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  21. Non-conventionalized Generics and Exceptions.YoungEun Yoon - 2023 - Korean Journal of English Language and Linguistics 23:358-375.
    As is well known, research on generics is represented by three approaches: majority- based (Cohen 1996, 1999, 2004), normalcy-based (Nickel 2006; 2009; 2010a, b; 2013; 2016; 2018), and cognition-based (Leslie 2007a, b; 2008; 2013; 2017) approaches. Two recent approaches proposed by van Rooij and Schulz (2020) and Tessler and Goodman (2019) are more elaborated theories on generics, although neither of these approaches nor the three representative theories can fully account for various generics data, as argued by Yoon (2021). On the (...)
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  22. Weak generics.Mahrad Almotahari - 2022 - Analysis 82 (3):405-409.
    Some generic sentences seem to be true despite the fact that almost all the members of the relevant kind are exceptions. It’s controversial whether generics of this type express relatively weak generalizations or relatively strong ones. If the latter, then we’re systematically mistaken about their truth, but they make no trouble for our semantic theorizing. In this brief note, I present several arguments for the former: sentences of the relevant type are weak generics.
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  23. Stereotyping and Generics.Anne Bosse - 2022 - Inquiry: An Interdisciplinary Journal of Philosophy:1-17.
    We use generic sentences like ‘Blondes are stupid’ to express stereotypes. But why is this? Does the fact that we use generic sentences to express stereotypes mean that stereotypes are themselves, in some sense, generic? I argue that they are. However, stereotypes are mental and generics linguistic, so how can stereotypes be generic? My answer is that stereotypes are generic in virtue of the beliefs they contain. Stereotypes about blondes being stupid contain a belief element, namely a belief that blondes (...)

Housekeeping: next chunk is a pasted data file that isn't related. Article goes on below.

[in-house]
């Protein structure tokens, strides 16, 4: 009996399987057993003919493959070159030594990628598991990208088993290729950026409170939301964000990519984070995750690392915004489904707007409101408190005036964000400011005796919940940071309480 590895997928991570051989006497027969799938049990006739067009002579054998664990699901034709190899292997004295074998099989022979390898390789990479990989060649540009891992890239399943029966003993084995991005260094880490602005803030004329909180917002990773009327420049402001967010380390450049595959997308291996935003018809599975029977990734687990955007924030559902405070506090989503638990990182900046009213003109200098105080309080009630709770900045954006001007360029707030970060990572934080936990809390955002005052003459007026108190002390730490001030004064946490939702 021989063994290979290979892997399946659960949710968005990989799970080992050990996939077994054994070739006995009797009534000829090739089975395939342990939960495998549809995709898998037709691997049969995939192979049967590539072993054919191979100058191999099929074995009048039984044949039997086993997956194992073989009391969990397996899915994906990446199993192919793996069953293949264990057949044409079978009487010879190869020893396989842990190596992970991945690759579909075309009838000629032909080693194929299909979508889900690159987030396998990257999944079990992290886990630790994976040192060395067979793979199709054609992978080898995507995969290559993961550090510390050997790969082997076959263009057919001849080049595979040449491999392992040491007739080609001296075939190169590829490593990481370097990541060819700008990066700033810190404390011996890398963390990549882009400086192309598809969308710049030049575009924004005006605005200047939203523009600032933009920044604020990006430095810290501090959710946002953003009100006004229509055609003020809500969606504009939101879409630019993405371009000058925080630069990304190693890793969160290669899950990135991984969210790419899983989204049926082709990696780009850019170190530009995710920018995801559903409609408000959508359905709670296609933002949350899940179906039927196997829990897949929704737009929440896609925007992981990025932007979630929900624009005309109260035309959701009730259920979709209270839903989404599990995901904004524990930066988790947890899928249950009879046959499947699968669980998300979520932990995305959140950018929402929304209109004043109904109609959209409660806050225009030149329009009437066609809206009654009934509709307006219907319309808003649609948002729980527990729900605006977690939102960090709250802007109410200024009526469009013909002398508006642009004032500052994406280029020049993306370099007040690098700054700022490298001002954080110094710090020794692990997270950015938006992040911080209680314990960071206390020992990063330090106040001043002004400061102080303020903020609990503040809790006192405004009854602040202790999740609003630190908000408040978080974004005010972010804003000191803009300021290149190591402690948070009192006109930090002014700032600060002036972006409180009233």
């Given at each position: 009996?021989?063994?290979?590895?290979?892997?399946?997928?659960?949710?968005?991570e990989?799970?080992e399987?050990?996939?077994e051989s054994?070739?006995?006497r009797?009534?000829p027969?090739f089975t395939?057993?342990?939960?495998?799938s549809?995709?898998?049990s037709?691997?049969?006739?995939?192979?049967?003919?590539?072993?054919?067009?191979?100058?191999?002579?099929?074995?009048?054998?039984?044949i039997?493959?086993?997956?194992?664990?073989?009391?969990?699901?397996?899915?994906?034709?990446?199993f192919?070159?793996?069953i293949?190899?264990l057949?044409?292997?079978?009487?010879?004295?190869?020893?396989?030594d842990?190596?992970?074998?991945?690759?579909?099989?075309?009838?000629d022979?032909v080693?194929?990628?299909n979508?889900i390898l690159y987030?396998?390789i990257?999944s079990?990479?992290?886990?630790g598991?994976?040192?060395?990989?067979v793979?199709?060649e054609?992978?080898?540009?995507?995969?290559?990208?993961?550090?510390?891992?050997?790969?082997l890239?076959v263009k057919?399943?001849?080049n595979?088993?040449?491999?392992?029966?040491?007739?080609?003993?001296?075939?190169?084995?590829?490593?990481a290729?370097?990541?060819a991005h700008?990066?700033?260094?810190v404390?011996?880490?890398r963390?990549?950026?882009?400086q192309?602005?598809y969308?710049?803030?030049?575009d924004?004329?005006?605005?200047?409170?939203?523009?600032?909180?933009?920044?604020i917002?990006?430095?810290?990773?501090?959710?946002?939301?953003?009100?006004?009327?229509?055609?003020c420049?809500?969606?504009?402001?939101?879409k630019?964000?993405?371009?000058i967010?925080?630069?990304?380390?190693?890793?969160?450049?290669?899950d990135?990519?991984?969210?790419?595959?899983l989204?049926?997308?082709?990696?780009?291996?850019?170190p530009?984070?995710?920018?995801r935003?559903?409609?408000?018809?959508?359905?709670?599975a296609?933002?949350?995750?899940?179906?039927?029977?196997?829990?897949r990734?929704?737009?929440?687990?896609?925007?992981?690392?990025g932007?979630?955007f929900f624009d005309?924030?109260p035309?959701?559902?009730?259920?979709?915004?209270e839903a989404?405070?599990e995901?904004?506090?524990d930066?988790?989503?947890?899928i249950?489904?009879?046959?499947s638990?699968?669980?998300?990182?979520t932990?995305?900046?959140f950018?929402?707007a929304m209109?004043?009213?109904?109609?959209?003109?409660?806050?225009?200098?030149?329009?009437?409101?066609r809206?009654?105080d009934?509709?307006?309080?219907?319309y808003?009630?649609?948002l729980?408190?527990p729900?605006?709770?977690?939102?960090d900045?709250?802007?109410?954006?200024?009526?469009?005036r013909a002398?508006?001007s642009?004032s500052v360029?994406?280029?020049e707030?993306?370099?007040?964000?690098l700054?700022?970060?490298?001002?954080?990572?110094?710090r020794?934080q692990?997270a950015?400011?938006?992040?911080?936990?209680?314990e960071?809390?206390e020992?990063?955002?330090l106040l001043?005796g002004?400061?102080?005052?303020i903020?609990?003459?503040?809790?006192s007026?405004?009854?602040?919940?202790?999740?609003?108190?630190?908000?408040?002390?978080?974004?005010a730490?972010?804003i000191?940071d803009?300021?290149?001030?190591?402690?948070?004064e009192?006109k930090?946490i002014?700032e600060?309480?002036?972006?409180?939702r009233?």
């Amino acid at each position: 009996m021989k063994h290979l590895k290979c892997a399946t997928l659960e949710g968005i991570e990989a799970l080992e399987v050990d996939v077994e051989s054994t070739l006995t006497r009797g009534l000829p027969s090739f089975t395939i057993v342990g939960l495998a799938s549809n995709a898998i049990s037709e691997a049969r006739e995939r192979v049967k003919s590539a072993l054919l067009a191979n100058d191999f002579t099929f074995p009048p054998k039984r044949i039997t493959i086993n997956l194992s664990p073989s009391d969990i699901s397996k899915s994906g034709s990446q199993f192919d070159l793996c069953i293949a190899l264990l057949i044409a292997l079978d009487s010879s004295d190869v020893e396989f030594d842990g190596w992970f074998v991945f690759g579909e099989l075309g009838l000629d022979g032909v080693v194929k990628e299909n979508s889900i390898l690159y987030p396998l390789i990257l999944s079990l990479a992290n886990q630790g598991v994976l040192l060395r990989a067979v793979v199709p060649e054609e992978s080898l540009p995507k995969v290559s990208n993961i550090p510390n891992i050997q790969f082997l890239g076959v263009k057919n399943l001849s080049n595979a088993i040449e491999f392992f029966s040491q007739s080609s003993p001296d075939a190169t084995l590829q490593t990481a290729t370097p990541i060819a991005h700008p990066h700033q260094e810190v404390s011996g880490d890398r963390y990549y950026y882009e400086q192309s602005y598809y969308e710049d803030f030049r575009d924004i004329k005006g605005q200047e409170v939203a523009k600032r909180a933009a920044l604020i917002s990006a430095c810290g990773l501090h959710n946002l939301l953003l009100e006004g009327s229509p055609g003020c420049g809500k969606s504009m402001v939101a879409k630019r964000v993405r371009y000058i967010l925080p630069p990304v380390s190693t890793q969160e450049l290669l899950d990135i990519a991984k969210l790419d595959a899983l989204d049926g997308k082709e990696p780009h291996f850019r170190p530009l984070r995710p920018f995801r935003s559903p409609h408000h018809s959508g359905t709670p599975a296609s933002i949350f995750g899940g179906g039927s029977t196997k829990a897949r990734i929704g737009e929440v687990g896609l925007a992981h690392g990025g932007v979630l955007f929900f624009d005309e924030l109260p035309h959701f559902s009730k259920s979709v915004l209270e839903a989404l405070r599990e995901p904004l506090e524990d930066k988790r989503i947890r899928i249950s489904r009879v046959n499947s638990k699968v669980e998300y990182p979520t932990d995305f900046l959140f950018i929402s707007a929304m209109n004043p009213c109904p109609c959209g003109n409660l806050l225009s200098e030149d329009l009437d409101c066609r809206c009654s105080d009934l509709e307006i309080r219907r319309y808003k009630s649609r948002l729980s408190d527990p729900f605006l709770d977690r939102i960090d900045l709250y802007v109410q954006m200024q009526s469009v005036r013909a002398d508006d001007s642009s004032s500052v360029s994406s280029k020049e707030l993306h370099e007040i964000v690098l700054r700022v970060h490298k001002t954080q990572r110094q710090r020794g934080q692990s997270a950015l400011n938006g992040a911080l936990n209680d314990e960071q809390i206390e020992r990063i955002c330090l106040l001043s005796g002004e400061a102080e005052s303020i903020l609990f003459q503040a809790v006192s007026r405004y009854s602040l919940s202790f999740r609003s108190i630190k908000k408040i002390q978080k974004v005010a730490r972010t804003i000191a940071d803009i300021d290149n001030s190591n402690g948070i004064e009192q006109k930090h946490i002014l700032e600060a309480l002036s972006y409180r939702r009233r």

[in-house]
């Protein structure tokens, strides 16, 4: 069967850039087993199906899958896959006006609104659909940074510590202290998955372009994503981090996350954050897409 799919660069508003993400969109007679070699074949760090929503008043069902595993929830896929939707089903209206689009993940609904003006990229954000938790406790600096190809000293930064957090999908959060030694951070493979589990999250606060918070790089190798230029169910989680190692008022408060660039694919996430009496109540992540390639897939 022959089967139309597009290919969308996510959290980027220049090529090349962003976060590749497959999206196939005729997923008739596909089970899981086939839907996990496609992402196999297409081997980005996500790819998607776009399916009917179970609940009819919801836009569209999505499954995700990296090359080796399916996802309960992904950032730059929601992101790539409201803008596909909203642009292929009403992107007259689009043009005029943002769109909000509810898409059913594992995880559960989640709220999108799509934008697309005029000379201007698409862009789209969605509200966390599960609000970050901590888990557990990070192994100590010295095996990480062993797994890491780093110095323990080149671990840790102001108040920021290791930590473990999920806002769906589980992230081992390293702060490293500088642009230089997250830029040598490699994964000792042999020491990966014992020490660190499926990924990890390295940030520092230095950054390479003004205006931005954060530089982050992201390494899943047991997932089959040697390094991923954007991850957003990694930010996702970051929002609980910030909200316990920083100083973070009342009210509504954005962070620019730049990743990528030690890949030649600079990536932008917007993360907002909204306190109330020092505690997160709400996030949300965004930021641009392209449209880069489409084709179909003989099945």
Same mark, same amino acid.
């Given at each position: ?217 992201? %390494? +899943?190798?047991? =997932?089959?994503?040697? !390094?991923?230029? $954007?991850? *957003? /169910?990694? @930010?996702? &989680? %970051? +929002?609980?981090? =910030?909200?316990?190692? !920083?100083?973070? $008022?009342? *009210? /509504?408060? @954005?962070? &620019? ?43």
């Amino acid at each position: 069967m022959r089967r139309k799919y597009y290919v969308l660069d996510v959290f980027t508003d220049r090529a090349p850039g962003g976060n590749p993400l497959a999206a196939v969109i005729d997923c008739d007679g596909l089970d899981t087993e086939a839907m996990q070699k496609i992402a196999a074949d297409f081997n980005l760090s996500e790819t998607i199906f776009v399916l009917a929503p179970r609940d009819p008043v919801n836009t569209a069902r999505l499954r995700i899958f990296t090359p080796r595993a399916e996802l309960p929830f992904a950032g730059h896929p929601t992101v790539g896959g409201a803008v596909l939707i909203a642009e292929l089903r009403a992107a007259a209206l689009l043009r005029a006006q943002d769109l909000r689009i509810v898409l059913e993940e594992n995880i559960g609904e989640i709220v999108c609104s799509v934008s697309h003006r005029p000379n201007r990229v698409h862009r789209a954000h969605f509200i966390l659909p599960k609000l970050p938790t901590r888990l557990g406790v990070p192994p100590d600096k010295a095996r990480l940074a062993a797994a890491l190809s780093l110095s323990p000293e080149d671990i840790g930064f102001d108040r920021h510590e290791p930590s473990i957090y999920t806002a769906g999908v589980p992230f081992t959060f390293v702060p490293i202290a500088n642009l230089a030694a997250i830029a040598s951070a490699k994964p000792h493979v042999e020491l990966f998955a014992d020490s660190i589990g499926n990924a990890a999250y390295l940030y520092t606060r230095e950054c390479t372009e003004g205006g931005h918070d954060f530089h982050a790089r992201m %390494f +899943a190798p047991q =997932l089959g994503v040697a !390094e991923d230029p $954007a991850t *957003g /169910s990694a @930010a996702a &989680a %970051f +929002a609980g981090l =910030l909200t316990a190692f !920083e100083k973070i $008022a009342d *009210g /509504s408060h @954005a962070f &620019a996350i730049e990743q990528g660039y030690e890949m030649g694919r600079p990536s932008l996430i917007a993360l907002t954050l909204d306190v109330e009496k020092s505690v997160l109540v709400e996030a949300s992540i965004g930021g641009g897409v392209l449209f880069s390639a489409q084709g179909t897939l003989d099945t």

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  24. Are Generics Defaults? A Study on the Interpretation of Generics and Universals in 3 Age- Groups of Spanish-Speaking Individuals.Elena Castroviejo, José V. Hernández-Conde, Dimitra Lazaridou-Chatzigoga, Marta Ponciano & Agustin Vicente - 2022 - Language Learning and Development 10.
    This paper reports an experiment that investigates interpretive distinctions between two different expressions of generalization in Spanish. In particular, our aim was to find out when the distinction between generic statements (GS) such as Tigers have stripes and universally quantified statements (UQS) such as All tigers have stripes was acquired in Spanish-speaking children of two different age groups (4/5-year-olds and 8/9-year-olds), and then compare these results with those of adults. The starting point of this research was the semantic distinction between (...)
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  25. Genericity.Ariel Cohen - 2022 - In Mark Aronoff (ed.), Oxford Research Encyclopedia of Linguistics. Oxford: Oxford University Press. pp. 1-35.
    Generics are sentences such as Birds fly, which express generalizations. They are prevalent in speech, and as far as is known, no human language lacks generics. Yet, it is very far from clear what they mean. After all, not all birds fly—penguins don’t! -/- There are two general views about the meaning of generics in the literature, and each view encompasses many specific theories. According to the inductivist view, a generic states that a sufficient number of individuals satisfy a certain (...)
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  26. What’s Positive and Negative about Generics: A Constrained Indexical Approach.Junhyo Lee & Anthony Nguyen - 2022 - Philosophical Studies 179 (5):1739-1761.